Whole world is watching – again
Bob Ingram, Alabama Scene
MONTGOMERY–There was a story making the rounds in Montgomery this week end. It seems that Ringling Brothers or some other circus of note had cancelled its scheduled appearance here in a few weeks. The reason: It couldn't compete with the circus that has gone on at the State Judicial Building.
It has been a circus, and the chant that was heard so often decades ago during the many Civil Rights confrontations could be heard again: "The whole world is watching."
Not since those troubling days of the 1960s has so much media attention been focused on Alabama. Whether it was good or bad publicity depends on where you stand in the Ten Commandments debate.
Not wanting to sound like I am saying "I told you so", but the drama at the Judicial Building played out much like I suggested in this space a week ago.
Chief Justice Roy Moore didn't back down, but the eight other associate members of the Supreme Court took matters into their own hands and ordered the monument to be moved.
That seven of those eight associate justices are Republican…as is Moore…was significant.
Will they pay a price, politically, for their stand? Quite likely, but at least the man in the forefront…Associate Justice Gorman Houston of Eufaula…has no reason to fret. He will never face the voters again…he must retire at the end of his present term because of his age.
The Houston story is ironic. He is perhaps the most devout Christian on the court. He has a prayer stool in his office, which he uses regularly, one of his sons is a minister. No man was more troubled by the position he found himself in.
As of this writing no one seems to be sure where the monument will go, only that it will not remain in the rotunda of the building. The monument is so heavy that there are few other places in the building, which structurally could support it.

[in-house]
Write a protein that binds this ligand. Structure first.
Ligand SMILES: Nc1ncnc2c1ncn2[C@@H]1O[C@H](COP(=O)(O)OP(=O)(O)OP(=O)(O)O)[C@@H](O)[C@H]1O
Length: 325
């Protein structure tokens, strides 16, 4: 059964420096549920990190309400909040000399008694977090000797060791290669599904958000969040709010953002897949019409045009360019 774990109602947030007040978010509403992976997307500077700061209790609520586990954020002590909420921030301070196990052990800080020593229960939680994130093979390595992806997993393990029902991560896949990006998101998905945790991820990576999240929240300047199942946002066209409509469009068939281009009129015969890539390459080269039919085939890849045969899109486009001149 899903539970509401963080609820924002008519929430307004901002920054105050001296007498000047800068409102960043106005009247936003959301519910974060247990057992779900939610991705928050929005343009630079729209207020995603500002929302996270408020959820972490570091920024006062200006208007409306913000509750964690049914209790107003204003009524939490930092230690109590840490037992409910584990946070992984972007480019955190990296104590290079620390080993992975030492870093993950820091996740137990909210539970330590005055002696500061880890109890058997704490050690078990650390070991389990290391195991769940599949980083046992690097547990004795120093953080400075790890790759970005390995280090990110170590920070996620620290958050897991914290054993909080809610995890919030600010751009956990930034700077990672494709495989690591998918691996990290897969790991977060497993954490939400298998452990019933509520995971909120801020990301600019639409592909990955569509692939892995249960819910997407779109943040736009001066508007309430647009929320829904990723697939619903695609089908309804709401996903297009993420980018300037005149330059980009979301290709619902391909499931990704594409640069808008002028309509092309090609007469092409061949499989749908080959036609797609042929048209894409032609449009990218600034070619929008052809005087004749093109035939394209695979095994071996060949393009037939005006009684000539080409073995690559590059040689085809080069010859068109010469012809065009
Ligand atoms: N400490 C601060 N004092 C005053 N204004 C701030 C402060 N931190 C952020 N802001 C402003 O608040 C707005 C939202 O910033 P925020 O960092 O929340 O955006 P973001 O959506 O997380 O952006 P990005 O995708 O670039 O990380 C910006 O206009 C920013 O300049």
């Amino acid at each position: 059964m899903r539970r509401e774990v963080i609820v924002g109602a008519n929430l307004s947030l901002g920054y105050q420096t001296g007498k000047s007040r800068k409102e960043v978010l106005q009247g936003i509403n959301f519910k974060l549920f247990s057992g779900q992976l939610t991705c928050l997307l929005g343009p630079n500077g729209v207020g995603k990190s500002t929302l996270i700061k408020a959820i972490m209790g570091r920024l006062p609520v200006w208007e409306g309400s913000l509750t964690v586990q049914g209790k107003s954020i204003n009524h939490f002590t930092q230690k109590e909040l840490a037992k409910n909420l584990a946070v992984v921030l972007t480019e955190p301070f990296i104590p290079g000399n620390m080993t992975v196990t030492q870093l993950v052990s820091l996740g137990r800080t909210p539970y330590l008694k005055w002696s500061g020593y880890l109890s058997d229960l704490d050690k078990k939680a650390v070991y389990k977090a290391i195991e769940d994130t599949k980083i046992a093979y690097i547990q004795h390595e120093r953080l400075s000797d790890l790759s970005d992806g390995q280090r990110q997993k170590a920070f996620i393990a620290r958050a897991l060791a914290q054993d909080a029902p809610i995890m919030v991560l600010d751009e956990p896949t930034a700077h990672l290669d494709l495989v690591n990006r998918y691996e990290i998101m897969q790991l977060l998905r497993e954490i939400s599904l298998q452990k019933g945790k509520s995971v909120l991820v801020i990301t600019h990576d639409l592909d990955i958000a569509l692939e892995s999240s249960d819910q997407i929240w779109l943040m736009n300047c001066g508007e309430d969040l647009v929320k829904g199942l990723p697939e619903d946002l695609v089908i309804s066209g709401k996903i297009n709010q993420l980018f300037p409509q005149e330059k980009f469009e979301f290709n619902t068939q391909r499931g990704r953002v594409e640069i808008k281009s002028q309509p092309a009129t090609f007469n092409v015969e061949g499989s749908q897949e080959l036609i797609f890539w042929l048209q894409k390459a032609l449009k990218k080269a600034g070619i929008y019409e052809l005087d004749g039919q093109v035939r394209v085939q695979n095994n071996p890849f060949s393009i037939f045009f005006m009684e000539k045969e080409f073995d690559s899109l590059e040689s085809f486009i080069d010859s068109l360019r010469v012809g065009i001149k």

A likely place is on the portico at the rear of the building in front of the waterfall, but if placed there it would probably necessitate 24-hour security. It would likely be a target of vandals or souvenir collectors on both sides of the debate.
And what about the future of Chief Justice Moore? If you believe the polls, his political stock is at an all-time high. How does U. S. Sen. Moore or Gov. Moore sound?
The lawmakers did not adopt budgets for schools or the General Fund agencies during the earlier sessions, and some sort of spending plan must be in place by Oct. 1. That means if the session is delayed until after the referendum, less than three weeks would remain before the beginning of the new fiscal year.
One possibility is the lawmakers would convene before the election and be offered two budgets–one based on the assumption the Riley plan passes, the other that it did not pass.
As to what the governor and the legislature might do if the tax package fails is the subject of much speculation. The most likely action would be an increase in the sales tax by 1cent, a boost in the so-called "sin taxes"–cigarettes, beer and liquor–and possibly the legalization of gambling.
David Stewart, the policy director for Riley, was quoted in a Philadelphia newspaper as saying the amendment to be voted on Sept. 9 is lagging in the polls because "the people of Alabama are too stupid to know better."
David Azbell, the governor's press secretary, said Stewart told him that he did not remember making such a statement.
John Giles, the president of the Christian Coalition of Alabama, which opposes the referendum, was not willing to forgive Stewart.
Said Giles: "He should be dismissed because of his distasteful remarks."